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IFC and Partners Commit to Stimulating Economic Growth in the Caribbean


In Lima:
Clara Ugarte Perrin
Phone: +511 611 2501
E-mail:
Cugarteperrin@ifc.org


Port of Spain, Trinidad and Tobago, September 2, 2010—IFC, a member of the World Bank Group, is partnering with Dominica, Grenada, St. Lucia, and St. Kitts and Nevis to promote a more dynamic business environment and generate opportunities for small businesses in the Caribbean. This initiative is supported by the Canadian International Development Agency.

According to the World Bank Group’s Doing Business 2010 report, the Caribbean island states of Grenada, St. Kitts and Nevis, and St. Lucia implemented reforms in the areas measured by the report for the first time in 2009.

The governments of Dominica, Grenada, St. Lucia, and St. Kitts and Nevis have shown a commitment to modernizing their investment climates; however, the Caribbean region could still make further progress.  Starting a business in these four countries is four times more expensive on average than in Jamaica, the best-performing English-speaking Caribbean country.  It takes twice as long to open a business in the Caribbean than the average time in countries of the Organization for Economic Co-operation and Development.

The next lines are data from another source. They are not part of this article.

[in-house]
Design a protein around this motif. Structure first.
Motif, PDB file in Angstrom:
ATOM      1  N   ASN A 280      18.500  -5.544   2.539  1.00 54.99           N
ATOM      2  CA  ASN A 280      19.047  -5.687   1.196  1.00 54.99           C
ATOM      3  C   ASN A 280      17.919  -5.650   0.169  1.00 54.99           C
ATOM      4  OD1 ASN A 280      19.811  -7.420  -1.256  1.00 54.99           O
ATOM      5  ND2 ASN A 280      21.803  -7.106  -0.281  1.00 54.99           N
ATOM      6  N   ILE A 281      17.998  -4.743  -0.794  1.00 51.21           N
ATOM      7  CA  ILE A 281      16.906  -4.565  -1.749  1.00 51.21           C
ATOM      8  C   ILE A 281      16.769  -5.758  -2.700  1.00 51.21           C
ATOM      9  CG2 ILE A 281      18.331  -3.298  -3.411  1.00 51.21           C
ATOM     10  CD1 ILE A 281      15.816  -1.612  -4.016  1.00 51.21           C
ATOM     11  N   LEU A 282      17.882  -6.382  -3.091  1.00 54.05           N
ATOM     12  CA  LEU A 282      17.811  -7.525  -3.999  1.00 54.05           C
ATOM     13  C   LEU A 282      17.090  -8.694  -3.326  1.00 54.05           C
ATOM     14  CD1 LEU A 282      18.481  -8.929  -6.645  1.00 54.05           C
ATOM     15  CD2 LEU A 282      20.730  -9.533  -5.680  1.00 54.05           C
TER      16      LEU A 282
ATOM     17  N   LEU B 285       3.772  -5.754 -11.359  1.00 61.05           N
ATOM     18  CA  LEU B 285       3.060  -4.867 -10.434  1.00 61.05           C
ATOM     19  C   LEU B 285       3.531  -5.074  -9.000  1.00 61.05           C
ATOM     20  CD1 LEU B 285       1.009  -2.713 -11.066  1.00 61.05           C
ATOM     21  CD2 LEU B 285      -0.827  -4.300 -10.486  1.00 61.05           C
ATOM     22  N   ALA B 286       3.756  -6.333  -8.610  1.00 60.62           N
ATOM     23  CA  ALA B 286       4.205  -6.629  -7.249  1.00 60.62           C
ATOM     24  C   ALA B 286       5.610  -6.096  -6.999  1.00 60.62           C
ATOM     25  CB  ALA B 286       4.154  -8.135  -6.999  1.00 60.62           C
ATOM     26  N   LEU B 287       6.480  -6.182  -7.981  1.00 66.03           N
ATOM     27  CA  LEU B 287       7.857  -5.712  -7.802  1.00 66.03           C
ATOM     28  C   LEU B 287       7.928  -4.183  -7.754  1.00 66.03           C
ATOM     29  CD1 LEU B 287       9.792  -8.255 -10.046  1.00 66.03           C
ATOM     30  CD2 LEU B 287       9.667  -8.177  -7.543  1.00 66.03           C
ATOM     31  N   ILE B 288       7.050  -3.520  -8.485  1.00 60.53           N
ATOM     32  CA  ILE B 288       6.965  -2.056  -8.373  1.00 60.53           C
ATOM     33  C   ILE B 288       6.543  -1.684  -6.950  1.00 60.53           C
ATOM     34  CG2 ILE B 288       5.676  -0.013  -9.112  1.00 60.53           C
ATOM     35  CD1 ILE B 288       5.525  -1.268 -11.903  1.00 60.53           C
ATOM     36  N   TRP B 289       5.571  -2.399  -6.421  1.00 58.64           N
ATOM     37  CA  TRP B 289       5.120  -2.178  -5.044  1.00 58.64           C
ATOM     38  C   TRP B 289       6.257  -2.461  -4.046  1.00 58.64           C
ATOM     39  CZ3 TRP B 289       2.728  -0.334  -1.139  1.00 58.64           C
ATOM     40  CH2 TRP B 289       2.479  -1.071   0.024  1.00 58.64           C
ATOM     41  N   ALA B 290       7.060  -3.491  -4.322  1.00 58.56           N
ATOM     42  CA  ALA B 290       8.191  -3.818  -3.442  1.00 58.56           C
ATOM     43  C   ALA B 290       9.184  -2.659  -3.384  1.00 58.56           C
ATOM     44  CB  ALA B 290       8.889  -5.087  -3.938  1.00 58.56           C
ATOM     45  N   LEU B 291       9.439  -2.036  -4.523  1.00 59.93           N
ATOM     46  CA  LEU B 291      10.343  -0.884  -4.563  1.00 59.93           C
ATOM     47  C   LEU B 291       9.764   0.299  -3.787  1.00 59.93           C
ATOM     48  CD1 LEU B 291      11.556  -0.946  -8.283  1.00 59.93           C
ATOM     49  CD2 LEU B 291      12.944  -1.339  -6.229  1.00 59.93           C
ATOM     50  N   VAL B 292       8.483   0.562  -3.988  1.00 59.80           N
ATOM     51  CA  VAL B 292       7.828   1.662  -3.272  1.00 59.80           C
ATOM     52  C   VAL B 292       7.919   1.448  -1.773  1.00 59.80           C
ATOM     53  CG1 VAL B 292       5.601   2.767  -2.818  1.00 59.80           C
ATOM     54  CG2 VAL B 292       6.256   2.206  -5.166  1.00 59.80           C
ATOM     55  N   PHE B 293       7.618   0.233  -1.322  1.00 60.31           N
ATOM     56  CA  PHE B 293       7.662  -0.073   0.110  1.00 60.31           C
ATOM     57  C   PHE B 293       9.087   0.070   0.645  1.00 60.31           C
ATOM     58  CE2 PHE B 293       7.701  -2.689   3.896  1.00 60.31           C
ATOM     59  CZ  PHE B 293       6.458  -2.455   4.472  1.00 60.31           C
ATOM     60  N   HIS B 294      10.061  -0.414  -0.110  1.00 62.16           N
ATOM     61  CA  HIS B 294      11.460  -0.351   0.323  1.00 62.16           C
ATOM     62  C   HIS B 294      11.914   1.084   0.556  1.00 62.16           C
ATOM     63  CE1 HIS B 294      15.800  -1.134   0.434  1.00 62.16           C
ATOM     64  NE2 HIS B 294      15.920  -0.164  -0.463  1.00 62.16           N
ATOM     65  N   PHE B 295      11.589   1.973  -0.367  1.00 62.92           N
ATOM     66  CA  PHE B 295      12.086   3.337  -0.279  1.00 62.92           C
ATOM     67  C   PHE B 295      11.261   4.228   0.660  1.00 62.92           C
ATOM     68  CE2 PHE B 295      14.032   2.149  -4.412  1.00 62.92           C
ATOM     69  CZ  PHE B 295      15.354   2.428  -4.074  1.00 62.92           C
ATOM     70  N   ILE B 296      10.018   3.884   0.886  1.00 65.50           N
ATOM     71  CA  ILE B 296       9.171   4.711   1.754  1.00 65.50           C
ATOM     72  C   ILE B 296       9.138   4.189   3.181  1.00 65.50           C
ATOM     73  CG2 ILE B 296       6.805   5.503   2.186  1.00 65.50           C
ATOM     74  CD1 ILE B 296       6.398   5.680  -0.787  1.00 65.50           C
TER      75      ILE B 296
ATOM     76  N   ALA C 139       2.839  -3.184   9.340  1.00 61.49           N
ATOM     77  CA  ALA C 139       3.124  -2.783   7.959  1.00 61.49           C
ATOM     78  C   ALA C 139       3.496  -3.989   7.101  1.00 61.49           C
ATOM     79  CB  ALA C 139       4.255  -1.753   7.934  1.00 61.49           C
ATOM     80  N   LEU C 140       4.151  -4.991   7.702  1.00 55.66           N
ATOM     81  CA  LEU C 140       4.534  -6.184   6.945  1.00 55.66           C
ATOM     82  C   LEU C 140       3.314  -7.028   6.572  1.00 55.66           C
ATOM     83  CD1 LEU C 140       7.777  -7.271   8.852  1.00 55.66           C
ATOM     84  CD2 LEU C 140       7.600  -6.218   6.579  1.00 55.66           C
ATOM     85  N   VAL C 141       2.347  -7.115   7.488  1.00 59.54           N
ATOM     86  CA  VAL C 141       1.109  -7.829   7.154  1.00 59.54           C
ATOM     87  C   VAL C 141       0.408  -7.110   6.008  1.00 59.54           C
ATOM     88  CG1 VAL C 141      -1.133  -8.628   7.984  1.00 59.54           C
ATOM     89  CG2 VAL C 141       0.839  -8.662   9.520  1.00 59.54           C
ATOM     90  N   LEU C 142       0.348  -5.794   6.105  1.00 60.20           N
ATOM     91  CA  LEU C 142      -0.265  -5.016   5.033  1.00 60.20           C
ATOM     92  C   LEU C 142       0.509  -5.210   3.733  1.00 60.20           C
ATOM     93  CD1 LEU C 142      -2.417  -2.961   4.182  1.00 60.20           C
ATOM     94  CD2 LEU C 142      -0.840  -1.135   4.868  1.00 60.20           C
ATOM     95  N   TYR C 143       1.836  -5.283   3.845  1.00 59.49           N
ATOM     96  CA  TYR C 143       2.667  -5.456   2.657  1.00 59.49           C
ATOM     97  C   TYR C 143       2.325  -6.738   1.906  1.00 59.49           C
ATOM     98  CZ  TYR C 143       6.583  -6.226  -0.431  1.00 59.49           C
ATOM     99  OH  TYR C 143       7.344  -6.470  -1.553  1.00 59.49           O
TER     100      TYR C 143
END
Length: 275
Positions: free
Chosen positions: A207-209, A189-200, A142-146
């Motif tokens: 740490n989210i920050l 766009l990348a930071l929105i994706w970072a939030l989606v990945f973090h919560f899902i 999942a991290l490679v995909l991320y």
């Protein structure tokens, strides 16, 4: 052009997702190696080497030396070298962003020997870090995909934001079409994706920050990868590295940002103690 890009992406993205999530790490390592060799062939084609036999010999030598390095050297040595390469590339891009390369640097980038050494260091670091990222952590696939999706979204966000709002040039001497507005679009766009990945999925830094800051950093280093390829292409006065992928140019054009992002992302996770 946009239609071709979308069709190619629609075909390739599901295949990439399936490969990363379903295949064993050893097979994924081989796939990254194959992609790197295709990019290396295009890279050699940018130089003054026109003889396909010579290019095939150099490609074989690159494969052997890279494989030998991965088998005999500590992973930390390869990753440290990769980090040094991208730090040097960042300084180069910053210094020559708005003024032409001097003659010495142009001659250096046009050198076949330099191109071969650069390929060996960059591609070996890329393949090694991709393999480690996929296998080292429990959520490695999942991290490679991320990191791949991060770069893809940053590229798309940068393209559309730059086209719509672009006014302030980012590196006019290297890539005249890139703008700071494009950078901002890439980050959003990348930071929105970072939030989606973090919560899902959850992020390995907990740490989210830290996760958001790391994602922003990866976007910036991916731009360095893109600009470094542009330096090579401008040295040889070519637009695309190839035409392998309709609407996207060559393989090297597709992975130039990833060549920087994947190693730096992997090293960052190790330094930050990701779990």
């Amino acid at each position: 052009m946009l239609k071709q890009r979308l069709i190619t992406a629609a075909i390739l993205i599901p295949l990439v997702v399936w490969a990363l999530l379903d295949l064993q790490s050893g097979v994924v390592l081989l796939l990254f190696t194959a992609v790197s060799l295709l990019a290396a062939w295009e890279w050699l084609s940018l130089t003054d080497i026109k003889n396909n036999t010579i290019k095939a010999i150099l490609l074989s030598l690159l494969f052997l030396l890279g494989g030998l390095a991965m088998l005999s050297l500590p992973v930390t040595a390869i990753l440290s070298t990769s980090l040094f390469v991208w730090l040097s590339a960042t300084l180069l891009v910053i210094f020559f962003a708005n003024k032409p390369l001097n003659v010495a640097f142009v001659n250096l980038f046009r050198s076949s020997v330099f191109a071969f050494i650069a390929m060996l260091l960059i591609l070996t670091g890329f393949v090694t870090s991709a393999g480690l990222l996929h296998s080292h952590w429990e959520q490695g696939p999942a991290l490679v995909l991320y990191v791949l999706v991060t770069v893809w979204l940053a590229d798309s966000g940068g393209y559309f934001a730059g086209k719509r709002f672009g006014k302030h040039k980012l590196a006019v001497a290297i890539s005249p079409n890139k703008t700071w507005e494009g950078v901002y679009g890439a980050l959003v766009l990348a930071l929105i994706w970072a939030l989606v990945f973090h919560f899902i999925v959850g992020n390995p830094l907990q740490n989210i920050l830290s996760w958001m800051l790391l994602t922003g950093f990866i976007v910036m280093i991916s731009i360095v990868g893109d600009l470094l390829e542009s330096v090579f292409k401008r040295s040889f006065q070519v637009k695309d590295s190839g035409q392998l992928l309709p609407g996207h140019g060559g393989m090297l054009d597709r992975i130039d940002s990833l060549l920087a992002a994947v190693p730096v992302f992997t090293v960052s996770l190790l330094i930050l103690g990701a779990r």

“We see positive signs that the Caribbean is advancing its reform pace to improve the region’s competitiveness and attractiveness as a business-friendly investment destination,” said Mary Porter Peschka, IFC Regional Head of Advisory Services in Latin America and the Caribbean.

The Eastern Caribbean Central Bank is collaborating in this effort with IFC and CIDA to develop a more efficient and transparent business regulatory system that leads to larger-scale investments and supports business and trade-friendly environments.

Since its founding in 1956, IFC has committed $1.25 billion in the Caribbean’s private sector.  IFC’s strategy seeks to generate additional sources of income and investments for local economies and strengthen private sector competitiveness to stimulate economic growth and job creation.  IFC supports private sector participation in infrastructure and helps local companies expand within and beyond the Caribbean region.  IFC also supports the financial sector to promote access to finance for micro, small, and medium enterprises and low-income individuals.  Generating sustainable growth and leveraging comparative advantages are at the forefront of IFC’s strategy.

About IFC
IFC, a member of the World Bank Group, is the largest global development institution focused on the private sector in developing countries. We create opportunity for people to escape poverty and improve their lives. We do so by providing financing to help businesses employ more people and supply essential services, by mobilizing capital from others, and by delivering advisory services to ensure sustainable development. In a time of global economic uncertainty, our new investments climbed to a record $18 billion in fiscal 2010. For more information, visit www.ifc.org.